LOS ANGELES (Hollywood Reporter) - They say lightning doesn’t strike twice.
Don’t tell that to the trio behind “Paranormal Activity,” whose microbudgeted haunted-house follow-up “Insidious” is crossing the $50 million mark globally and could double that by the time it leave theaters.
That would give the indie horror picture, made for under $1.5 million, the best cost-to-gross ratio of the year, a good measurement of profitability.
“Insidious” has taken in $44.5 million in North America after four weekends, and roughly $4.5 million in Russia and two smaller territories (final figures are still being determined). It opens in the U.K. and Brazil this weekend. Based on its performance so far, those involved with the film say “Insidious” should reach $90 million globally, and probably more.
The key players who backed the film — Jason Blum, Oren Peli and Steven Schneider — stand to make millions. While it won’t make the $193 million grossed by “Paranormal” globally in 2009, no one is complaining.
“It shows that there is still a market for quality genre movies, and that it is possible to make film on a micro-budget,” Blum told The Hollywood Reporter.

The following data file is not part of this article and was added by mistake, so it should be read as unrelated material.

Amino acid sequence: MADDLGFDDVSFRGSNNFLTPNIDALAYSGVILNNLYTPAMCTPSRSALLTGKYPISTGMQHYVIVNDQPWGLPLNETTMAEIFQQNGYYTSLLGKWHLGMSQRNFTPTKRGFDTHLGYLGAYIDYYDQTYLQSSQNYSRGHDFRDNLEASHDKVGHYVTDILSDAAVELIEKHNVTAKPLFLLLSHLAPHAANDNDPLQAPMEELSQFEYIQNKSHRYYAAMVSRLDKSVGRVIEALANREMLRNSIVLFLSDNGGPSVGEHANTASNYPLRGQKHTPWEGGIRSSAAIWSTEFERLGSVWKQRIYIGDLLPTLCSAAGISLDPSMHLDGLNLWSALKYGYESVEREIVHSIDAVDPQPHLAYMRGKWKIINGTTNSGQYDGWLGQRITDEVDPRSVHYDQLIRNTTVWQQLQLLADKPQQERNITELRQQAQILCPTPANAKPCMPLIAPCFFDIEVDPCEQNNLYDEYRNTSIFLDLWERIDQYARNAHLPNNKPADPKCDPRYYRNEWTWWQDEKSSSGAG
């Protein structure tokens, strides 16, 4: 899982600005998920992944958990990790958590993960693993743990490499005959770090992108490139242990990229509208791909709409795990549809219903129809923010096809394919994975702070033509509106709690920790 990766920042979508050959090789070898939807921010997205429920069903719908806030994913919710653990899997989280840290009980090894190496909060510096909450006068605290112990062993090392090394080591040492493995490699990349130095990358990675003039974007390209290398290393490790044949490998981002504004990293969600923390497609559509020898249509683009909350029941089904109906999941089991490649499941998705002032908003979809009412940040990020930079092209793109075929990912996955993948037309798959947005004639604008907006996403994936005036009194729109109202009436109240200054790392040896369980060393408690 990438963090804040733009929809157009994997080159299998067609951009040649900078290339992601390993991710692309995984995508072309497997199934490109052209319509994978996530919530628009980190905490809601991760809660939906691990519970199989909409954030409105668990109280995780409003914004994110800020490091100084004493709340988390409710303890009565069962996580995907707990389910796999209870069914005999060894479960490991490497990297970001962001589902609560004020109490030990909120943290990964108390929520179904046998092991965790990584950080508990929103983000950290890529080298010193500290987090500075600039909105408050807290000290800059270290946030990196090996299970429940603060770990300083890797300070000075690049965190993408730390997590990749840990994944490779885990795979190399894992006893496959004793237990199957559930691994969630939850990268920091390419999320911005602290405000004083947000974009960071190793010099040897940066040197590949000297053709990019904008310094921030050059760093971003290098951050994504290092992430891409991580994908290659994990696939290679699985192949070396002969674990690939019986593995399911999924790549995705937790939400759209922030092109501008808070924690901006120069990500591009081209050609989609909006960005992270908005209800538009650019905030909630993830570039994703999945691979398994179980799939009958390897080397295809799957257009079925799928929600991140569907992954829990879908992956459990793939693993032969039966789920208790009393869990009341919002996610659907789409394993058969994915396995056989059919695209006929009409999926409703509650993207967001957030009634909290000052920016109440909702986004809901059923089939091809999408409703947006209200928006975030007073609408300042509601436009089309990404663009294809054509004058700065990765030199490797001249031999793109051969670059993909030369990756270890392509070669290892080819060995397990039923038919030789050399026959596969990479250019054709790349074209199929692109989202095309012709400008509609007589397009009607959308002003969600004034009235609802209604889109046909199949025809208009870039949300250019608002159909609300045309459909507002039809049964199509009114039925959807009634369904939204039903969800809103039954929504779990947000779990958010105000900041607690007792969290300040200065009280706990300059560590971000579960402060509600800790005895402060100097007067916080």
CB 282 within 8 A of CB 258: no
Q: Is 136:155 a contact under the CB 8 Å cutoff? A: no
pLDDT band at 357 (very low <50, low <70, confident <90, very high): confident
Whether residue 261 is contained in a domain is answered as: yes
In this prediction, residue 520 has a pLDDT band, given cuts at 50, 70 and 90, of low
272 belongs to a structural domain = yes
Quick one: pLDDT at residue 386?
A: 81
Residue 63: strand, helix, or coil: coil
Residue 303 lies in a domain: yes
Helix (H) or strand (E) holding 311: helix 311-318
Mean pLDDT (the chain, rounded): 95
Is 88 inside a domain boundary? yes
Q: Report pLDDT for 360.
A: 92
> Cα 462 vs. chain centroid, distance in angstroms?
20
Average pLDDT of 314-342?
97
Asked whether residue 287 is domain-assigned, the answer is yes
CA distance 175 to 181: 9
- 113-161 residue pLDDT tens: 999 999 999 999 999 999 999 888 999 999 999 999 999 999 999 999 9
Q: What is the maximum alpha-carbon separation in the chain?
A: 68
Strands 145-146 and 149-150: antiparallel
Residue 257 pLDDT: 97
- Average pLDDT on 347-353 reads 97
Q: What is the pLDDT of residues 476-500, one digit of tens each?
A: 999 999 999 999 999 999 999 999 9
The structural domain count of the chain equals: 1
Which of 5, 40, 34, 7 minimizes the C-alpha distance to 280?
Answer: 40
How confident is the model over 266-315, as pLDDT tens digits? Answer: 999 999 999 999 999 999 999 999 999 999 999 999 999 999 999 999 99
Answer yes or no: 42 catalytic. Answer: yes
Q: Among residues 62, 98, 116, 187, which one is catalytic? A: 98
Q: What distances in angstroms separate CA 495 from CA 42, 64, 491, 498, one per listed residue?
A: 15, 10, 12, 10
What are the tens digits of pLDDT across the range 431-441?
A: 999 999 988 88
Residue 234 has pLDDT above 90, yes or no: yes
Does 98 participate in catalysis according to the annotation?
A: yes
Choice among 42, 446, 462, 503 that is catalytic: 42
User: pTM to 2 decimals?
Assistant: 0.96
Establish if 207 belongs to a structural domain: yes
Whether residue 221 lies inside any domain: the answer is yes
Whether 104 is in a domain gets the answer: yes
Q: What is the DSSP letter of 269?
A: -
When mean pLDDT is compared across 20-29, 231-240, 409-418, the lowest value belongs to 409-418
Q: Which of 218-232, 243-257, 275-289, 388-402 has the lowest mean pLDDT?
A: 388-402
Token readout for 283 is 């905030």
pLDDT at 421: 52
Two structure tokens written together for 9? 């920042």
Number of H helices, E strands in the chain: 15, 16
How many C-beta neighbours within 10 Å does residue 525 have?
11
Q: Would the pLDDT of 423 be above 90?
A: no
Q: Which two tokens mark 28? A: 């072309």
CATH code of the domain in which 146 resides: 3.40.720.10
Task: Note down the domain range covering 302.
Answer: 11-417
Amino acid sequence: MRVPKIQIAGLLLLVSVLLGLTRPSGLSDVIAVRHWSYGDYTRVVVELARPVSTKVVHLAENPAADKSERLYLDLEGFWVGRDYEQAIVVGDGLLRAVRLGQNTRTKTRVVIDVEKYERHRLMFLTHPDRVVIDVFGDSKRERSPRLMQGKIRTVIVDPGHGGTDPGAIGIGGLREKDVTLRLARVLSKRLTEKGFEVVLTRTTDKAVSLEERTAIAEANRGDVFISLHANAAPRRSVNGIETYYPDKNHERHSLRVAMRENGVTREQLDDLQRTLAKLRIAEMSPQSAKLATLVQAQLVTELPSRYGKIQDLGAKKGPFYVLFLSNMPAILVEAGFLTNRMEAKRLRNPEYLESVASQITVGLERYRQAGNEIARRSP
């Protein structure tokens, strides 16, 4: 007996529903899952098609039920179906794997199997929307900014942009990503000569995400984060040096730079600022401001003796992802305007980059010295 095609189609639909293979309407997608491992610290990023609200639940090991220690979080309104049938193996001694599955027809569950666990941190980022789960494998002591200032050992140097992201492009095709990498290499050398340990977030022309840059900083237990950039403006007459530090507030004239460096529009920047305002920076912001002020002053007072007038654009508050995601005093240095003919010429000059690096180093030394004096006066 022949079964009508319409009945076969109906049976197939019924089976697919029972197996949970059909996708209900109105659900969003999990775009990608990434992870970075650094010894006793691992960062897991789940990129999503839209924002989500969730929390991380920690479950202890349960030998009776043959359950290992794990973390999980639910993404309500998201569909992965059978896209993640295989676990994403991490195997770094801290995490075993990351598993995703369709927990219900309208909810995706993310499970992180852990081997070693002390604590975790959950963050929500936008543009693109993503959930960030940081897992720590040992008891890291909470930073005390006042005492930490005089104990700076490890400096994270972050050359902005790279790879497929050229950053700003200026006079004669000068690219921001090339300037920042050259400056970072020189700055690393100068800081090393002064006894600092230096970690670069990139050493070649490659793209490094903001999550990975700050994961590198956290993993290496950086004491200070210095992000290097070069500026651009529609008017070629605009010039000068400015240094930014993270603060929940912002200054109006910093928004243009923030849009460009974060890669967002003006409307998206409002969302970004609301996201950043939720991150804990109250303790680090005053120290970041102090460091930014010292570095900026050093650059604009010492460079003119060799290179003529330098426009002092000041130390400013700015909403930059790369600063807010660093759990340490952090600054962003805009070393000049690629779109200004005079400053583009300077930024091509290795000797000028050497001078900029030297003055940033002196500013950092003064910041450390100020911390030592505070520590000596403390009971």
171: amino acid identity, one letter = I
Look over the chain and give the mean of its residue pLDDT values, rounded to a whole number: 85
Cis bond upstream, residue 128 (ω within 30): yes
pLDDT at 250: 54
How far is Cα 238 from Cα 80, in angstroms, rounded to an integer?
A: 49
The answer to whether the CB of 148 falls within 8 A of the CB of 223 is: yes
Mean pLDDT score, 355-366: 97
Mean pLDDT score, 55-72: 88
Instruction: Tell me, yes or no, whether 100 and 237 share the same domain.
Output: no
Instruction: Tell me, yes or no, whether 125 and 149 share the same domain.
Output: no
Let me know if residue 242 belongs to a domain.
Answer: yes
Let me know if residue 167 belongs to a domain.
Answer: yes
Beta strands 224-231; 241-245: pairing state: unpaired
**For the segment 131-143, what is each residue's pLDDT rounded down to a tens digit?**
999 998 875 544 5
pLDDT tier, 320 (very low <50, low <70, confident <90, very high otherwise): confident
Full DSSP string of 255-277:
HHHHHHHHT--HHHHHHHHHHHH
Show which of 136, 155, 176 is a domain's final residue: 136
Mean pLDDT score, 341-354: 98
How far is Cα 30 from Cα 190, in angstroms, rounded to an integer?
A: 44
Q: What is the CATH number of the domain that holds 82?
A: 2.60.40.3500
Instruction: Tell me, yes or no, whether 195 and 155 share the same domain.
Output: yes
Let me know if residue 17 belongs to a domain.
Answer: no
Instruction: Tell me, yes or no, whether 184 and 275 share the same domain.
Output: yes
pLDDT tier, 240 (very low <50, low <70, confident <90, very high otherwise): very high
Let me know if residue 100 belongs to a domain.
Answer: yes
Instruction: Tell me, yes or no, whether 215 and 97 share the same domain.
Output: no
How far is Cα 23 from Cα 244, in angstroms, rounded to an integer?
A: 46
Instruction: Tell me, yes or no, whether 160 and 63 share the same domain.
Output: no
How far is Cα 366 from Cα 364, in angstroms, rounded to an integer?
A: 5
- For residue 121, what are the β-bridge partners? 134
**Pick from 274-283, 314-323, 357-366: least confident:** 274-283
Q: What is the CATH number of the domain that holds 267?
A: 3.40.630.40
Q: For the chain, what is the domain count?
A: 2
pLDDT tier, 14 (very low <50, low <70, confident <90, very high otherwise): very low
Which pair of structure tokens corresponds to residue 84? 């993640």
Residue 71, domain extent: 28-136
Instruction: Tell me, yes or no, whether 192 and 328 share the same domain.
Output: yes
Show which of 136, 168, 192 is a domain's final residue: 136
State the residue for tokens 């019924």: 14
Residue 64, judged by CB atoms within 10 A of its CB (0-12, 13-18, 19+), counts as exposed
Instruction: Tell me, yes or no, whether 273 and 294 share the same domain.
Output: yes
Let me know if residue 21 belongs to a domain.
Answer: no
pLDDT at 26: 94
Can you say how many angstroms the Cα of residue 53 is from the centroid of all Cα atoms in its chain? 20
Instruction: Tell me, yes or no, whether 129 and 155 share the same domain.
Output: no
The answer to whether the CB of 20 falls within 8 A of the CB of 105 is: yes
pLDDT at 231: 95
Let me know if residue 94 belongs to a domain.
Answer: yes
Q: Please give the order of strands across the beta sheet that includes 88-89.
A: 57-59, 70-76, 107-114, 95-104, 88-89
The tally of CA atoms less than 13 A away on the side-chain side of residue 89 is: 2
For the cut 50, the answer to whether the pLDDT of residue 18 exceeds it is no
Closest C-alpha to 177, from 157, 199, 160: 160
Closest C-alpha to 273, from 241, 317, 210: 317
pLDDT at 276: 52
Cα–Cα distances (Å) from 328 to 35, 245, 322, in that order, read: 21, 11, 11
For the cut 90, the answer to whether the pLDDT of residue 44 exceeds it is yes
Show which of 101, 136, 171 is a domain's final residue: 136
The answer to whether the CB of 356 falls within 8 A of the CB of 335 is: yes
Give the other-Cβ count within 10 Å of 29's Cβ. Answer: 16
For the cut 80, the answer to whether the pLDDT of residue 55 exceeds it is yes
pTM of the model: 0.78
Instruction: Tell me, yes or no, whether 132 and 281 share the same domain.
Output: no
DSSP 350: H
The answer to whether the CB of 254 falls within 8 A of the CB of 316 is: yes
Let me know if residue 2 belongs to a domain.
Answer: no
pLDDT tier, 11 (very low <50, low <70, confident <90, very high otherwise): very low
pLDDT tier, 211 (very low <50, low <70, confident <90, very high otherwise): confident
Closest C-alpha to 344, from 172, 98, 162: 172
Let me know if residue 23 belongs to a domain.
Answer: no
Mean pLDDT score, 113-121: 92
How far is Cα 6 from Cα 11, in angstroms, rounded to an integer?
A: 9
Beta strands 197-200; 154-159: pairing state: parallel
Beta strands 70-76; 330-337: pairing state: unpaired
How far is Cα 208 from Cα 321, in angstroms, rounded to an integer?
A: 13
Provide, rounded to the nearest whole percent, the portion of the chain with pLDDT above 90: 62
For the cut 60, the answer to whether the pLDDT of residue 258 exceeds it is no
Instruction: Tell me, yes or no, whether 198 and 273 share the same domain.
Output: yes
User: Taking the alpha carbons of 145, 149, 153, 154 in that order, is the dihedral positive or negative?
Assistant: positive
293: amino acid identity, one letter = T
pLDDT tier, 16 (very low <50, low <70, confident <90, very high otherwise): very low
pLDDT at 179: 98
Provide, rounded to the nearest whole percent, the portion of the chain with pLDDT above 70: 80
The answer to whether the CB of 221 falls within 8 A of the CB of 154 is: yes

For years, studios have tried in fits and starts to make genre movies at a nominal cost. But it’s been a challenge. Paramount’s microbudget division Insurge Pictures had great success earlier this year with “Justin Bieber: Never Say Never,” which cost $13 million to produce and has grossed $95 million worldwide. Paramount formed Insurge after the runaway success of “Paranormal Activity,” which the studio distributed domestically.
Blum, Peli and Schneider produced “Insidious” via their Haunted Movies banner, which has a five-picture financing deal with Canadian distributor Alliance. Sony picked up all U.S. rights at the Toronto Film Festival last year for under $1 million, and in turn gave the film to its fledgling distribution partner FilmDistrict.
Directed by James Wan and written by Leigh Whannell, both “Saw” veterans, “Insidious” stars Patrick Wilson and Rose Byrne as a couple who move into an old house with their two young sons and a new baby. The producers were able to keep the production budget down by convincing the talent to take deferred payments.
Critics liked the film, and word-of-mouth among audiences has ensured that weekend business has never dropped more than 30 percent. By contrast, the $40 million-budgeted “Scream 4” plunged 62 percent in its second weekend, and will be lucky to crack $50 million.